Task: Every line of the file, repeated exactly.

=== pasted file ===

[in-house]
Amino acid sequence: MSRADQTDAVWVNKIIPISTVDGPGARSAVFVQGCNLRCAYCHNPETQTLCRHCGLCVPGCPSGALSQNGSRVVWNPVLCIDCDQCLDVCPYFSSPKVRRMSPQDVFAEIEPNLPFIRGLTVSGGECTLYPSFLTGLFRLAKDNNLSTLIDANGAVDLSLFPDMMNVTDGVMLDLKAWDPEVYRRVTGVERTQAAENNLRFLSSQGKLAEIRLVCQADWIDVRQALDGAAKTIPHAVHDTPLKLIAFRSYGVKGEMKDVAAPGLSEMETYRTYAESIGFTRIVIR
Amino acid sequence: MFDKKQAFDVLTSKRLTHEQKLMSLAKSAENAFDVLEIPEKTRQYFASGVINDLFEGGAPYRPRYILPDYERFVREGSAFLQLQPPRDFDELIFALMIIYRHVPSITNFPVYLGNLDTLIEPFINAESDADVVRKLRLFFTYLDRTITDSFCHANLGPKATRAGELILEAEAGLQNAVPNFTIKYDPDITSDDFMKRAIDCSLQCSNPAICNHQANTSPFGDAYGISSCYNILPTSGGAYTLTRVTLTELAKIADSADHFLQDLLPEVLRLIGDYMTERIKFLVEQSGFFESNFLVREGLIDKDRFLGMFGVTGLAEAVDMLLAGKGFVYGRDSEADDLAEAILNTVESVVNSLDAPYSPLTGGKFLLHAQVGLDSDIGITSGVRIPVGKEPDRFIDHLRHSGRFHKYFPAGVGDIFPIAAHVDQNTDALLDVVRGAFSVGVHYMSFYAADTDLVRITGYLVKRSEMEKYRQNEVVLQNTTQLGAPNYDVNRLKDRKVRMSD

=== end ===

[in-house]
Amino acid sequence: MSRADQTDAVWVNKIIPISTVDGPGARSAVFVQGCNLRCAYCHNPETQTLCRHCGLCVPGCPSGALSQNGSRVVWNPVLCIDCDQCLDVCPYFSSPKVRRMSPQDVFAEIEPNLPFIRGLTVSGGECTLYPSFLTGLFRLAKDNNLSTLIDANGAVDLSLFPDMMNVTDGVMLDLKAWDPEVYRRVTGVERTQAAENNLRFLSSQGKLAEIRLVCQADWIDVRQALDGAAKTIPHAVHDTPLKLIAFRSYGVKGEMKDVAAPGLSEMETYRTYAESIGFTRIVIR
Amino acid sequence: MFDKKQAFDVLTSKRLTHEQKLMSLAKSAENAFDVLEIPEKTRQYFASGVINDLFEGGAPYRPRYILPDYERFVREGSAFLQLQPPRDFDELIFALMIIYRHVPSITNFPVYLGNLDTLIEPFINAESDADVVRKLRLFFTYLDRTITDSFCHANLGPKATRAGELILEAEAGLQNAVPNFTIKYDPDITSDDFMKRAIDCSLQCSNPAICNHQANTSPFGDAYGISSCYNILPTSGGAYTLTRVTLTELAKIADSADHFLQDLLPEVLRLIGDYMTERIKFLVEQSGFFESNFLVREGLIDKDRFLGMFGVTGLAEAVDMLLAGKGFVYGRDSEADDLAEAILNTVESVVNSLDAPYSPLTGGKFLLHAQVGLDSDIGITSGVRIPVGKEPDRFIDHLRHSGRFHKYFPAGVGDIFPIAAHVDQNTDALLDVVRGAFSVGVHYMSFYAADTDLVRITGYLVKRSEMEKYRQNEVVLQNTTQLGAPNYDVNRLKDRKVRMSD